In the lead-up to his speech at the UN General Assembly in New York on Wednesday, Iranian President Mahmoud Ahmadinejad is up to his old tricks. And sadly, the global community seems to be falling for them.
Ahmadinejad has managed to divert attention from his disputed re-election in June and the human rights abuses his government has carried out since those elections by publicly engaging in what appears to be his favorite pastime: bashing Israel and denying the Holocaust.
Last Friday, thousands of protesters poured into the streets of Tehran to show their continued opposition to Ahmadinejad and what many consider a stolen election.
The protesters made it a point to call Ahmadinejad out on his hypocrisy on Friday, which marked Quds Day, the Iranian government's annual show of solidarity with the Palestinian people. In speaking out in support of human rights for Palestinians while continuing to deny them to his own people, Ahmadinejad provoked the largest opposition protests since mid-July.
Amid the greatest unrest Iran has seen since the Islamic Revolution, the world's attention is not on the false arrests, show trials, torture and illegal detentions in Iran. Rather, the central issue that the international community has chosen to focus on, apart from Ahmadinejad's persistent holocaust denial, has been that of the Iranian government's nuclear capacities.
Given the fact that the US and Israel combined have at least a thousand times as many nukes as Iran could potentially be hiding, the possibility of a nuclear attack by Iran, no matter how misguided its president, is highly unlikely.
What is likely, however, is a continued crackdown on opposition leaders, activists and journalists inside Iran. The international community would be better served to concern itself more with these internal Iranian developments than with uranium enrichment today because the best hope for a non-nuclear Iran is a free Iran.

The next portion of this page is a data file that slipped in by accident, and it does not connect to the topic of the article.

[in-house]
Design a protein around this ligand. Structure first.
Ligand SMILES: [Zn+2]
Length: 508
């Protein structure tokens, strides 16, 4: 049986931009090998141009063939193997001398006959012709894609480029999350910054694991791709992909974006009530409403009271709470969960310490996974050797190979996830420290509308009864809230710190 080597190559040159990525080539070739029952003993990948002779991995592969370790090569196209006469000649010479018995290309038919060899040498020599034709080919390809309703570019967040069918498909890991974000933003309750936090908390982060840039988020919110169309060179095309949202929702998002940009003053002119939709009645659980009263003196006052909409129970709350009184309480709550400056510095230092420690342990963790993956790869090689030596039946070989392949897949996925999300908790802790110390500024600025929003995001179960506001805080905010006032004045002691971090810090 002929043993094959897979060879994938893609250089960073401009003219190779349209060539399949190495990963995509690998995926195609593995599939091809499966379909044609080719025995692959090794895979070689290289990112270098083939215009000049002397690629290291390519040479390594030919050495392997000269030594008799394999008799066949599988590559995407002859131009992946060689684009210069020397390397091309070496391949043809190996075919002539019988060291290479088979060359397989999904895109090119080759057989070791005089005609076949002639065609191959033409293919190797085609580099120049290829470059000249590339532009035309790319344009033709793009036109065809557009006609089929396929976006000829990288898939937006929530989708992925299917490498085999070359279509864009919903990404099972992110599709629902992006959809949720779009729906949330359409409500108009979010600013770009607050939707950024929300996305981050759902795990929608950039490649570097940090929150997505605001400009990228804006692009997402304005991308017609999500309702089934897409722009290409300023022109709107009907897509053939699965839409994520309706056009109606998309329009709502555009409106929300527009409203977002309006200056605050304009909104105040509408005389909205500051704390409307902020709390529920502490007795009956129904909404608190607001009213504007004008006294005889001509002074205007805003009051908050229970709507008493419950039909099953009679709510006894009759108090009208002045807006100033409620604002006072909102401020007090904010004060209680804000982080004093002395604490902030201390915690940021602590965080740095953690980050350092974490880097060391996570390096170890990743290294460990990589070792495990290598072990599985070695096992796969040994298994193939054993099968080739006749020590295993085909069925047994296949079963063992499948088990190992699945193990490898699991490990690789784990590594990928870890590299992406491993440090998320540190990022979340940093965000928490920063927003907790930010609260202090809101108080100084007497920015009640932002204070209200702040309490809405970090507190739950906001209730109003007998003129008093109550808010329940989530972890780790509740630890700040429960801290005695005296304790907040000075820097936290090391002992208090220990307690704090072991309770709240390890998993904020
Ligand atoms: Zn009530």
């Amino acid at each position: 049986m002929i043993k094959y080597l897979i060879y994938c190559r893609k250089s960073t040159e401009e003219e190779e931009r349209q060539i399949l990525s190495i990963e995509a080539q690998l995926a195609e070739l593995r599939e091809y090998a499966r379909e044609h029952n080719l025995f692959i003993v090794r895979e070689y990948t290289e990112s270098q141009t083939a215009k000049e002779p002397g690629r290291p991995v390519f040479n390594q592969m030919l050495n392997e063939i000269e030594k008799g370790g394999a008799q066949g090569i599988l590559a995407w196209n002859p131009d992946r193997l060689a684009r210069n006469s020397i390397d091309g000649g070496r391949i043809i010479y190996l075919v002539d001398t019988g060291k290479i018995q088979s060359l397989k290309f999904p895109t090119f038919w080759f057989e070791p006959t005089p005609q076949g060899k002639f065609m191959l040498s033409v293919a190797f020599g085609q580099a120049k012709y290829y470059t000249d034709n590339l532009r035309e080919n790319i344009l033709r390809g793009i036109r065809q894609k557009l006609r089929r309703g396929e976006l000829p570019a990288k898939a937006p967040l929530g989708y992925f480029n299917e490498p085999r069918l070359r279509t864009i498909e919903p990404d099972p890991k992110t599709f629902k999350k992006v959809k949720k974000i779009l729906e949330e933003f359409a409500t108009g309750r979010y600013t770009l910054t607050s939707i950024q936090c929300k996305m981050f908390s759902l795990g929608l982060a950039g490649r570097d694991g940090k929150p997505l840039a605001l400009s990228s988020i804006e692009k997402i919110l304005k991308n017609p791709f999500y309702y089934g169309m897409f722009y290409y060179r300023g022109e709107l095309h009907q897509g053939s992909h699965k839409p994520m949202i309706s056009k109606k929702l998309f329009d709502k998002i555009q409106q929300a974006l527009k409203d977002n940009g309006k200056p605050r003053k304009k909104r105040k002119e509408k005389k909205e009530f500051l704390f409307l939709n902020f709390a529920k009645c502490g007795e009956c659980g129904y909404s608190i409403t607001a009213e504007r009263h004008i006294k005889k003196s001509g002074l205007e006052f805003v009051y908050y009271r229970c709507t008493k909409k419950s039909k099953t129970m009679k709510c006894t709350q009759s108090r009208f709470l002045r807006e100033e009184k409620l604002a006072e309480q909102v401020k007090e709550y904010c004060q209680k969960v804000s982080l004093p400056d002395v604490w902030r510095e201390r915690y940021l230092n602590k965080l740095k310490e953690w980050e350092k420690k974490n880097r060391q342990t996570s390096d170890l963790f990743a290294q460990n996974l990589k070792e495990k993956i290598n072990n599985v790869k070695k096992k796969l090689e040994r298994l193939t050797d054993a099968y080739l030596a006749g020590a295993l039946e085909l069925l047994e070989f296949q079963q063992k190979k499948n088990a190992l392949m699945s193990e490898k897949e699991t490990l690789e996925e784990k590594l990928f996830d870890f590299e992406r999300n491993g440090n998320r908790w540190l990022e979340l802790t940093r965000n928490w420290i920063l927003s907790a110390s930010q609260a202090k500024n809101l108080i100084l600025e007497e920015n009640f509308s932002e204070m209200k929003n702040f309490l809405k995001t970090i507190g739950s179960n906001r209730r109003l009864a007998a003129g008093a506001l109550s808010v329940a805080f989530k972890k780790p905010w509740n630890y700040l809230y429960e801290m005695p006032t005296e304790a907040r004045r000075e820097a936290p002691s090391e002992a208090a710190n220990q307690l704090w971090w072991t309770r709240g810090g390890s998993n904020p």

And the greatest assets the world has in ridding the country of hard-liners such as Ahmadinejad are the Iranian people themselves. Foreign intervention, military or otherwise, cannot hold a candle to the potential power of the Iranian people to bring down this regime.
The best way for the international community to keep nuclear weapons out of the hands of the Iranian regime is to refuse to fall into Ahmadinejad's trap. The world has a lot more to gain by focusing on the plight of the Iranian opposition, rather than the empty threats and rhetoric of their illegitimate leader.
The sanctions of the past 30 years and Iran's present resolve on the nuclear issue are proof that the Iranian government does not respond well to the winds of international pressure, especially when they're blowing in from the west.
But the regime cannot last long without the support of its own people, and by continuing to restrict the basic civil liberties of Iranian citizens, the allegedly Islamic Republic is digging its own grave.
When Ahmadinejad takes the stage on Wednesday in New York, I expect to hear a lot of the same rhetoric that has made him infamous around the world. But by focusing on his moronic holocaust denials and tirades against the West instead of his brutality toward his own people, world leaders will only be playing into the hands of a desperate dictator.